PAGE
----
A Critique of Day of the Butterfly, a Short Story by Alice Munro
“Day of a Butterfly” by Alice Munro is about a female narrator called Helen who is looking back at a memory from back in sixth grade. In this book we have many different kinds of themes such as isolation, commitment, connection, betrayal, appearance, and friendship. Throughout this story Munro shows that we don’t always care about people until they are sick and dead. For example, Helen doesn’t care about Myra in the beginning because she is insulting her. When Myra is sick and is in the hospital Helen takes consideration on Myra and changes her perspective towards her. We see that a lot in today’s society, more with teens when they are getting bullied to the point where they cannot take it any longer. And once they have died we all talk about how they were such an amazing person, but when they are with us no one ever notices them or treats them the same as if they were gone. There are many details that emphasizes that the Saylas are outsiders in the community. The first example is given in the beginning of the text, “I do not remember when Myra Sayla came to town, though she must have been in our class at school for two or three years. I start remembering her in the last year”. This example shows that Myra was very lonely and never made any friends. She was mostly alone and didn’t mix in the society. The Saylas were also judged because of their clothes.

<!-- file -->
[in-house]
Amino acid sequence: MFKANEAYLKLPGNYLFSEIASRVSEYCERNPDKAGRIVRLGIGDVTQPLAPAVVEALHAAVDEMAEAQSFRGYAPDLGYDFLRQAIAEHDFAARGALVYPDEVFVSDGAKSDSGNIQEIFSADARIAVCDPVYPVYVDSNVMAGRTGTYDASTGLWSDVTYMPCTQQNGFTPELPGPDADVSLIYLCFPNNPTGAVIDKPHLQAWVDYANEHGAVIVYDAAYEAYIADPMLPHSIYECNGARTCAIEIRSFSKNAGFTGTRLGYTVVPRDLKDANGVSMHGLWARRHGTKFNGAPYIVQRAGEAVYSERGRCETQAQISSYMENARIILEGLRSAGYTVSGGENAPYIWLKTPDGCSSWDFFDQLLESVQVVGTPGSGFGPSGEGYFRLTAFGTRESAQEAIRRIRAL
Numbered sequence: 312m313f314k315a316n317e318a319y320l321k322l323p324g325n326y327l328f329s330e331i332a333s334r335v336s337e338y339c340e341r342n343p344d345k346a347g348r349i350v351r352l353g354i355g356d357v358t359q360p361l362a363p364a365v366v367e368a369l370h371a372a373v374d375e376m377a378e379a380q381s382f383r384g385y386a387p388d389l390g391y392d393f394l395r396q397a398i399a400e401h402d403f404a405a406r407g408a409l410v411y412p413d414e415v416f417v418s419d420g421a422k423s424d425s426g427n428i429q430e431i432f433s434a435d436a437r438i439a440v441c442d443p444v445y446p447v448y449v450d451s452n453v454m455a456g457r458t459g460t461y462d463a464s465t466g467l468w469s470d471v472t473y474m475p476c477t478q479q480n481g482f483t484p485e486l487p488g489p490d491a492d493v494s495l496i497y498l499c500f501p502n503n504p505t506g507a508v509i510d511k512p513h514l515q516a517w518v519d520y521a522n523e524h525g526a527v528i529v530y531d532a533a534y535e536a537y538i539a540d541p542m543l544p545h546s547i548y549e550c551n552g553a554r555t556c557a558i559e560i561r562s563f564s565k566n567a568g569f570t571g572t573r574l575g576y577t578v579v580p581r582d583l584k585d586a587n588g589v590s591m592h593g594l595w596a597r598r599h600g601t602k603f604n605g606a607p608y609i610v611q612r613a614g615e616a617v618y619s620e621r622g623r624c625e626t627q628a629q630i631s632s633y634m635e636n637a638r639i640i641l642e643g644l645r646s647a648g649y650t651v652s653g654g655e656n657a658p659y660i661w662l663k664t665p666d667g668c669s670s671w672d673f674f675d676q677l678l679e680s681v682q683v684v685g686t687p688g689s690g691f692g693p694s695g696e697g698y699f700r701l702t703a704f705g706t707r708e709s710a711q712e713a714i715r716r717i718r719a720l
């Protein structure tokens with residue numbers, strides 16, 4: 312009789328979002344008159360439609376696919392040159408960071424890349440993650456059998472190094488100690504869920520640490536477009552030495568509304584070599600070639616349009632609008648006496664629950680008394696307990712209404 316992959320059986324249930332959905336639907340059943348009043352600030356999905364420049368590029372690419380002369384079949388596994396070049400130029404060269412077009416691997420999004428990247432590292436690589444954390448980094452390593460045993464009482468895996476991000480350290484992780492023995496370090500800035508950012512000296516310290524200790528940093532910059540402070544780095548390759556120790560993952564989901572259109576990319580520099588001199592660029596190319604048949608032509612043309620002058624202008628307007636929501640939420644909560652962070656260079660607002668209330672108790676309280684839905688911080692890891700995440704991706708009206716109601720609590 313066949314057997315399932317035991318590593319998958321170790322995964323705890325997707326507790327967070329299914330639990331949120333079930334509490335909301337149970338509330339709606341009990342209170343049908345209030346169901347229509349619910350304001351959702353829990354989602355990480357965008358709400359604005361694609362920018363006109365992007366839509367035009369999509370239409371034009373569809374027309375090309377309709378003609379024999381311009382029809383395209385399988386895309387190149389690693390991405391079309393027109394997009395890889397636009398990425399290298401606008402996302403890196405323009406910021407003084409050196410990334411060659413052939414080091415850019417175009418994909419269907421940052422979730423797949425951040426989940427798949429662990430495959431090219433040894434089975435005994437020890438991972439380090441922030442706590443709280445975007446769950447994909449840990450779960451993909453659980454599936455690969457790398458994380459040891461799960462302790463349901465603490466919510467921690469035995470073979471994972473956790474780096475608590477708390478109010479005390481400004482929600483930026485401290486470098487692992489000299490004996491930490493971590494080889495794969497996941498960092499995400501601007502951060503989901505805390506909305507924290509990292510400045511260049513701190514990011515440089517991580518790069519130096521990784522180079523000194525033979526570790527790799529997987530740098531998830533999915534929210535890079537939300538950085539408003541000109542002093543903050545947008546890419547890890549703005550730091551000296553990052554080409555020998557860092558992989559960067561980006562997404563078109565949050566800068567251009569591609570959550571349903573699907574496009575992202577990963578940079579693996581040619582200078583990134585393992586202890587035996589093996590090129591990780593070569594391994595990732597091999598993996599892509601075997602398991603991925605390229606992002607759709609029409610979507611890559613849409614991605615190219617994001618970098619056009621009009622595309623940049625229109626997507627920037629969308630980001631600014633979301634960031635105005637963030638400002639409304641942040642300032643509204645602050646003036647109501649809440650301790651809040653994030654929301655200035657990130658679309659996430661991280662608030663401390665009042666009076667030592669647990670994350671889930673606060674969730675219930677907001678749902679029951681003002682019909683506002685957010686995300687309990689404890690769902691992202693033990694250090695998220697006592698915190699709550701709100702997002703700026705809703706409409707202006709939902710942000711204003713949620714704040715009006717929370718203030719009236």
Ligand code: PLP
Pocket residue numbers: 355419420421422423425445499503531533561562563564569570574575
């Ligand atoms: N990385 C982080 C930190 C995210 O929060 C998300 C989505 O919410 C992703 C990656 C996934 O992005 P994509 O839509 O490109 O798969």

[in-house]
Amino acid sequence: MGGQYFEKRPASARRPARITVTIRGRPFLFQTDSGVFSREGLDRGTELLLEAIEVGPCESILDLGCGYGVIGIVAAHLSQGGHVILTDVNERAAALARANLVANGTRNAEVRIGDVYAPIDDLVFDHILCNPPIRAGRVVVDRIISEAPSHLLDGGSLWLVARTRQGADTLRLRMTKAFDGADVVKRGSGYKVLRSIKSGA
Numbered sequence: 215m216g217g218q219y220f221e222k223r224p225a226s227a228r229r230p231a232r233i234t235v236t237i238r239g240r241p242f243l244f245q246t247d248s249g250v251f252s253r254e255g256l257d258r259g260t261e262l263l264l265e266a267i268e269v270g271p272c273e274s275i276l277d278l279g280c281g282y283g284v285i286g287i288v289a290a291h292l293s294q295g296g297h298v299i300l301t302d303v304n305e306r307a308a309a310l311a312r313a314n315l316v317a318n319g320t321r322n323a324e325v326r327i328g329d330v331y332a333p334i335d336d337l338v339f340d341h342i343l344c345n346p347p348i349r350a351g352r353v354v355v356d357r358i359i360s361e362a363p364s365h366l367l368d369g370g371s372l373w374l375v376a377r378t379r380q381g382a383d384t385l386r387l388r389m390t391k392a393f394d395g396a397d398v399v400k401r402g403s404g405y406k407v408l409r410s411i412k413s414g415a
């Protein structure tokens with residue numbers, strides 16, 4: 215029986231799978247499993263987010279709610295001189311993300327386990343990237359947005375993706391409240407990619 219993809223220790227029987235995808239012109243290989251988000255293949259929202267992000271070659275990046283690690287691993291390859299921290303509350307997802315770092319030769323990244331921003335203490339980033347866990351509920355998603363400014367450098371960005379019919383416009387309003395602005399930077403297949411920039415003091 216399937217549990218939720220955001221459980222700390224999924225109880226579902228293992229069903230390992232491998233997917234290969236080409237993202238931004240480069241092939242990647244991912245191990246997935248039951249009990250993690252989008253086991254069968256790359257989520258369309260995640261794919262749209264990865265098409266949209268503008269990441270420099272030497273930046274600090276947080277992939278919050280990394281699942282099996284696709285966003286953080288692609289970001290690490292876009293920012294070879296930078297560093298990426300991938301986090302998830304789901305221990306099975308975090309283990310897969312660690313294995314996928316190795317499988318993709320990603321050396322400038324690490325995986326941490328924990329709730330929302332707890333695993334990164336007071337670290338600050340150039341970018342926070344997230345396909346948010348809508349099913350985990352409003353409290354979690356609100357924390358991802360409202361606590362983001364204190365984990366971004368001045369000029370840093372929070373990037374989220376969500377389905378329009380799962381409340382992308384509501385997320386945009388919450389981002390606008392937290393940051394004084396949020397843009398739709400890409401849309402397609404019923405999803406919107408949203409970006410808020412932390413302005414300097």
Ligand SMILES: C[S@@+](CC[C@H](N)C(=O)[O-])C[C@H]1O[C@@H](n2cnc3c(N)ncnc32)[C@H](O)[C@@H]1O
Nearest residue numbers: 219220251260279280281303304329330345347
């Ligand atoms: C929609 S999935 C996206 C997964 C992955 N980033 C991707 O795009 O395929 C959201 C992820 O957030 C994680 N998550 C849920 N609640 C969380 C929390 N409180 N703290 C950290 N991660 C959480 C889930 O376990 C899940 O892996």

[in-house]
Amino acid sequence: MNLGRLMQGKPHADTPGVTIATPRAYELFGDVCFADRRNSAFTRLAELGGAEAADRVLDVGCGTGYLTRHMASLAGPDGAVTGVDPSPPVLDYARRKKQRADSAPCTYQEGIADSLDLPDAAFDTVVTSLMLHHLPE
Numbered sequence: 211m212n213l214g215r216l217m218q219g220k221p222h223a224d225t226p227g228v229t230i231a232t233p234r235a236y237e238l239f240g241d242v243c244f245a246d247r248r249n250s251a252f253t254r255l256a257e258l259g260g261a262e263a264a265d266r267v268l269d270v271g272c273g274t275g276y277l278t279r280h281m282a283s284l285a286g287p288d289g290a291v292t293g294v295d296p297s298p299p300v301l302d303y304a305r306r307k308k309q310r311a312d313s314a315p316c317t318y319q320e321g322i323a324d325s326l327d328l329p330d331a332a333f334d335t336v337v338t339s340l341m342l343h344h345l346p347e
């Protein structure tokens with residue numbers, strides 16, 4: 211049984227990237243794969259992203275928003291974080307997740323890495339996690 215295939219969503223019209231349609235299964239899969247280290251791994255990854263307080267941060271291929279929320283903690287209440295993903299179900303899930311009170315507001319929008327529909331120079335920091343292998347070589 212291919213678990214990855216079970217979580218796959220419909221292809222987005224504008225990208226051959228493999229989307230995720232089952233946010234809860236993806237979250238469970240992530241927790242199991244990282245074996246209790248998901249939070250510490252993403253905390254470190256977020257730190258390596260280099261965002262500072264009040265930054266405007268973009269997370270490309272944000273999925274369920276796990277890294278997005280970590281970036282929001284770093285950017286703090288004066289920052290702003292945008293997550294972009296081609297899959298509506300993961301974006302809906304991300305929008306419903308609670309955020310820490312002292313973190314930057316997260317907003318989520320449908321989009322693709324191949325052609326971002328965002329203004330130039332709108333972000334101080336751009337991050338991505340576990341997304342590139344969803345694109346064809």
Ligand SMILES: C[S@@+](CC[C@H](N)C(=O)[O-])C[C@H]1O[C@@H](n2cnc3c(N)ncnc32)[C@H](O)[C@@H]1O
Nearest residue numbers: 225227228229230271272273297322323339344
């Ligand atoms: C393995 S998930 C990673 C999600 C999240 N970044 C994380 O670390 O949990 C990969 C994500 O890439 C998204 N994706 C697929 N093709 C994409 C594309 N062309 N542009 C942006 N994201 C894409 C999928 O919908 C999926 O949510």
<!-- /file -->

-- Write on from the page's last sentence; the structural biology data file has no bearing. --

Myra’s clothes are mentioned, “her good dresses at school. Even in mid-winter among the plaid wool skirts and serge tunics, she glimmered sadly in sky-blue taffeta, in dusty turquoise crepe, a grown woman’s dress made over”. Helen gives Myra the broach that matched Myra’s dress and says“. I was glad she had not put it on. If someone asked her where she got it, and she told them, what would I say?” Even though Helen tried to be friends with Myra, she did not want her other friends. The reason behind this seems to be the way society thinks. Helen doesn’t want people to think that she has low living status as Myra because she is friends with her. Another example is when Myra gets bullied, “Oh, she washes it in cod-liver oil, don’t you, Myra, she washes it in cod-liver oil, can’t you smell it?’ And to tell the truth there was a smell about Myra”. Helen and her friends began to mentally bully Myra. They made fun of the way she smelled and said, “it was a rotten-sweetish smell as of bad fruit” Myra’s family owns a fruit store and she associated those negative comments because of the store. When Helen accuses her of the bad smell, she is trying to refer negativity towards not only towards Myra, but her family. “Her father sat all day on a stool by the window, with his shirt open over his swelling stomach and tufts of black hair showing around his belly button; he chewed garlic”. Helen first makes negative comment s about Myra’s father and makes comments on her mother and brother as well. “ Told you the price in a little rapping voice, daring you to challenge her and, when you do not, handed you the bag of fruit with open mockery in her eyes”. This was a rude physical comment given by Helen. She made fun of her eyes by referring “mockery” in her eyes. Helen described Myra and her brother, “children in a medieval painting, they were like small figures carved of wood, for worship or magic, with faces smooth and aged, and meekly, cryptically uncommunicative”.